Growing up, I was never great at math.

I was never pulled aside by teachers and anointed “gifted” in this area.

The only thing I was “gifted” at was talking – and too much.

I struggled with math until I didn’t.

I vividly remember the third-floor, east-facing classroom of my college Sophomore Calculus class – how the light poured through the windows, my professor’s denim uniform, his sweeping grayish-blonde hair, and the green chalkboard.

It’s a vivid memory because this is where I *understood math for the first time*.

It was like a lightbulb went off in my head – I was shocked.

And the outcome 13 years later is even more shocking.

**Understanding math and how to use it radically changed my abilities to generate money as an investor, advisor, and entrepreneur.**

This week, I will share how you can do this in your own life.

Throw your “I was never good at math” to the curb, and let’s dive in.

But before we get into the how, I want to explain what happens **when math is absent** from your financial life.

- Someone else will do it for you.
- It will work in their favor, not yours.

You’ll end up late to the party (retirement) with an empty wallet (not enough money).

**Not good.**

The world is savage—it’s a commercialized place where people who get math have almost unlimited access to people through an internet connection and the 7 billion smartphones on planet Earth.

Here’s how this works.

“If I {company who gets math } show this person {you/me} an ad 20 times on Instagram, they’ll buy my $70 shorts, and I’ll make $20.”

“If I get 99 other people to buy, I’ll make $2,000.

Do that for a year; I’ll make $730,000.”

Now, this isn’t bad per se, but we live in the mess of other people’s math equations, and trying to invest and build a high-performing financial life for ourselves gets – difficult.

Let’s cut through the noise.

**Enter 6th-grade math and your ability to think.**

Building a high-performing financial life isn’t *that hard.* Spend less than you make and invest the difference.

But life and many things outside your control make that simple sentence above complex.

This leads to bad outcomes.

- Too much debt
- Slow growing Net Worth
- Cash that needs to be invested
- Bad investments
- Spending too much

Stuff you want to avoid.

**But the more you understand your math, the better financial decisions you make.**

It’s as simple as that.

It’ll be easier to budget, invest, and make hard decisions.

For years, I’ve incorporated key math into every major financial decision, and it’s *changed my world*.

If any financial problem arises, I always look for the equation.

This has allowed me to build better investment models, understand economies, become a better entrepreneur, solve complex problems, and help clients align their goals, money, and math.

So, here are the four steps to thinking in math.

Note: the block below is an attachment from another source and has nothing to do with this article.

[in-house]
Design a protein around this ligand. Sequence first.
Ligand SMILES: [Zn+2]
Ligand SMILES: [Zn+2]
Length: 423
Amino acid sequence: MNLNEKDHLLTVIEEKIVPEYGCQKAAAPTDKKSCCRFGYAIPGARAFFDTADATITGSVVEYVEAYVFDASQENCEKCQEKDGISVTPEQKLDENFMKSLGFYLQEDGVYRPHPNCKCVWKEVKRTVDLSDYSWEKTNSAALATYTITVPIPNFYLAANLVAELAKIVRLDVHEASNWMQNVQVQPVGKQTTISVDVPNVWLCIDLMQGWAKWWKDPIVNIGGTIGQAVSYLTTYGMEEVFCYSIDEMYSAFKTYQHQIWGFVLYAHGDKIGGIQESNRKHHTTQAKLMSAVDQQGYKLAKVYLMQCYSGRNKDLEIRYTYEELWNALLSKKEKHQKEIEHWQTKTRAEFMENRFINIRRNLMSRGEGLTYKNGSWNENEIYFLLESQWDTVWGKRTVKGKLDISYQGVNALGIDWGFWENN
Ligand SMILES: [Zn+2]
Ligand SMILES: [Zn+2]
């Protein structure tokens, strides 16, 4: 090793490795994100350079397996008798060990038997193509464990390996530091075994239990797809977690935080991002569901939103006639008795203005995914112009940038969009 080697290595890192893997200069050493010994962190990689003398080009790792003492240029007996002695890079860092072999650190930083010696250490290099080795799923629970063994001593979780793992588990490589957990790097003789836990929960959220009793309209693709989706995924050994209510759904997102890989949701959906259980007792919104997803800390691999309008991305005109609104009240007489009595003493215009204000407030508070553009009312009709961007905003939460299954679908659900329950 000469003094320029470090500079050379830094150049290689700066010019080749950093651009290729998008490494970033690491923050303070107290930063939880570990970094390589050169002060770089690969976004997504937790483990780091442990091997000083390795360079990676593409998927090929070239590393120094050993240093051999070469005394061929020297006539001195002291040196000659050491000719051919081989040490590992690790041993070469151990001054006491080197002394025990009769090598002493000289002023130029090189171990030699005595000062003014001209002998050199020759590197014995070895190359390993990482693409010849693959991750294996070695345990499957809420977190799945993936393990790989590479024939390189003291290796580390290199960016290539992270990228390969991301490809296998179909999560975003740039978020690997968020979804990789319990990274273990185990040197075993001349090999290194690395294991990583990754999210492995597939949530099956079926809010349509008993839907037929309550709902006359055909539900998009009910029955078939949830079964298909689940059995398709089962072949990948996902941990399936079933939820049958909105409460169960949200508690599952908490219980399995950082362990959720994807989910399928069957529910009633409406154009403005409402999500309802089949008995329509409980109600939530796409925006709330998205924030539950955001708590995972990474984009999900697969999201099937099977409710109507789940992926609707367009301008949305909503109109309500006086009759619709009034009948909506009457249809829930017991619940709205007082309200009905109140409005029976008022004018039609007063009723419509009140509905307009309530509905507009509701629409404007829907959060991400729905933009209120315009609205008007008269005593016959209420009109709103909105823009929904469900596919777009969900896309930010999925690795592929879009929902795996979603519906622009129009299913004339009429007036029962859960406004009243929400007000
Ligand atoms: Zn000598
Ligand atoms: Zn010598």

**Math is the foundation of your financial life—**every decision you make with money solves a problem – you buy groceries to eat, pay your mortgage to live in your home, and exchange time for money at work. Every dollar you spend is a dollar that cannot be invested. Every investment has a corresponding assumption of growth mixed with some measure of risk. At every step, it’s a decision to spend or invest. Love it or hate it is what it is – money is math.**Know your most important numbers**—math is not everything, but numbers don’t lie, which is why this is so practical. The key is to**find****your most important numbers**; this could be your net worth, passive income, bonus compensation, student loan payoff schedule, or the value of your RSUs. Once you understand those fundamental numbers, you reach point #3.**Grow them—**as I said above, this isn’t all about numbers, but numbers don’t lie, and if you don’t want to work when you are 85,**you need to grow money**. If you need $8k a month in retirement and that means you need an extra $500k in assets to get there –*work towards that goal.*If you don’t know these numbers, it’s hard to get there.**Write the essential numbers from point #2 and grow them**.**Practice makes perfect**—my journey with math as an adult has been one of consistent application. Though I could not walk back into my Calculus class and solve a complex derivative problem,**I make it a point to understand the math in every critical financial decision I make as an entrepreneur and investor**.

The more you do this, the better you get.

People like to distill things down to simple numbers because they can easily keep score of things.

Football games are settled by math, not poetry.

The markets are measured in numbers, not adverbs

Paychecks are numbers, not books.

There are seven days in a week, 12 months in a year.

Money *is *math.

**When you start thinking in math – you invest better.****The better you invest – the better off you’ll be.**

How do I know this?

It’s just math.